Ohio History, Volume 25 (Google eBook)

Front Cover
The Society, 1916 - Ohio
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Page 72 - Let thy work appear unto thy servants, And thy glory unto their children. And let the beauty of the LORD our God be upon us: And establish thou the work of our hands upon us; Yea, the work of our hands establish thou it.
Page 451 - Whole in himself, a common good. Mourn for the man of amplest influence, Yet clearest of ambitious crime, Our greatest yet with least pretence, Great in council and great in war, Foremost captain of his time, Rich in saving common-sense, And, as the greatest only are, In his simplicity sublime.
Page 451 - One who never turned his back but marched breast forward, Never doubted clouds would break, Never dreamed, though right were worsted, wrong would triumph, Held we fall to rise, are baffled to fight better, i Sleep to wake.
Page 190 - I thank God there are no free schools nor printing, and I hope we shall not have, these hundred years, for learning has brought disobedience and heresies and sects into the world, and printing has divulged them and libels against the best government. God keep us from both...
Page 148 - Try all things, hold fast by that which is good;" it is the foundation of the Reformation, which simply illustrated the axiom that every man should be able to give a reason for the faith that is in him; it is the great principle of Descartes; it is the fundamental axiom of modern science.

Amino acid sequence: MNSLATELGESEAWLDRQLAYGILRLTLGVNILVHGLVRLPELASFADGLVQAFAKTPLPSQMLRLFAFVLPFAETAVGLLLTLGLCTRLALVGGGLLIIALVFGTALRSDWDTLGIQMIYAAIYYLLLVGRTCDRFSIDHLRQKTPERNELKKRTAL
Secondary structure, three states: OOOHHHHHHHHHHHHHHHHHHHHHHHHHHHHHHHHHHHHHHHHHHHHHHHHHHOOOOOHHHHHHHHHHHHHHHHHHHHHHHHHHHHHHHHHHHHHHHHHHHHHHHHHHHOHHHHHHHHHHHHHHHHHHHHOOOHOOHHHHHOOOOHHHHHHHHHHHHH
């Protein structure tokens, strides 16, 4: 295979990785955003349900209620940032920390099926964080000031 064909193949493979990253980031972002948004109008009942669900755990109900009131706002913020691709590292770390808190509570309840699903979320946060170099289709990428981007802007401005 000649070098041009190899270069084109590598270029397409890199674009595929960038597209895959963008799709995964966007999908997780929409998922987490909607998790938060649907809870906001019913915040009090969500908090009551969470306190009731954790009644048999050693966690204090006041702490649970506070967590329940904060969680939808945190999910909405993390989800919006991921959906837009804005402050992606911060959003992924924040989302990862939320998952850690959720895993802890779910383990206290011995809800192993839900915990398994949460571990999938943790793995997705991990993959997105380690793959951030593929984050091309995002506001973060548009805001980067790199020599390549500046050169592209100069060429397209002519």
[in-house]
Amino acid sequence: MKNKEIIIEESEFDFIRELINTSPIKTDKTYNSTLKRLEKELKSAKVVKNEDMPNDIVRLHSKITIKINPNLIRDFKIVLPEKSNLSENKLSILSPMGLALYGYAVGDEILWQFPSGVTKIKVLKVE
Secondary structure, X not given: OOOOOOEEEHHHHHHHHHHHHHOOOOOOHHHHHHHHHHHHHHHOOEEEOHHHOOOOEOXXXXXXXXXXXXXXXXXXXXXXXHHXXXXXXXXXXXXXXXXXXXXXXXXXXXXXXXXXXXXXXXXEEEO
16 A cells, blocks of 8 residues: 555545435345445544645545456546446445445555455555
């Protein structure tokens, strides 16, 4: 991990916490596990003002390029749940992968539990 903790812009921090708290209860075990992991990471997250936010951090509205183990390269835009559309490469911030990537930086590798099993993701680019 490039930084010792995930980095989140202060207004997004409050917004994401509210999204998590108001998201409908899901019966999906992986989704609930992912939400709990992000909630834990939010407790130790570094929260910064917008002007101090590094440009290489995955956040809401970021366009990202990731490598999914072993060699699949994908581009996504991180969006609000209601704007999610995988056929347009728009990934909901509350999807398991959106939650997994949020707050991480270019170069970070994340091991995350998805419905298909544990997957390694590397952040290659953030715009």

Page 467 - And supple-tempered will That bent like perfect steel to spring again and thrust. His was no lonely mountain-peak of mind, Thrusting to thin air o'er our cloudy bars, A sea-mark now, now lost in vapors blind; Broad prairie rather, genial, levellined, Fruitful and friendly for all human kind, Yet also nigh to heaven and loved of loftiest stars.
Page 448 - Workmen wrought thy ribs of steel, Who made each mast, and sail, and rope, What anvils rang, what hammers beat, In what a forge, and what a heat Were shaped the anchors of thy hope!
Page 427 - Weep not for her ! Weep not for her ! Her memory is the shrine Of pleasant thoughts, soft as the scent of flowers, Calm as on windless eve the sun's decline, Sweet as the song of birds among the bowers, Rich as a rainbow with its hues of light, Pure as the moonshine of an autumn night : Weep not for her...
Page 413 - Every year they're marching slower, Every year they're stooping lower. Every year the lilting music stirs the hearts of older men; Every year the flags above them Seem to bend and bless and love them As if grieving for the future when they'll never march again!
Page 62 - That therefore, which makes a good constitution, must keep it, viz: men of wisdom and virtue, qualities that because they descend not with worldly inheritances, must be carefully propagated by a virtuous education of youth, for which after ages will owe more to the care and prudence of founders, and the successive magistracy, than to their parents for their private patrimonies.

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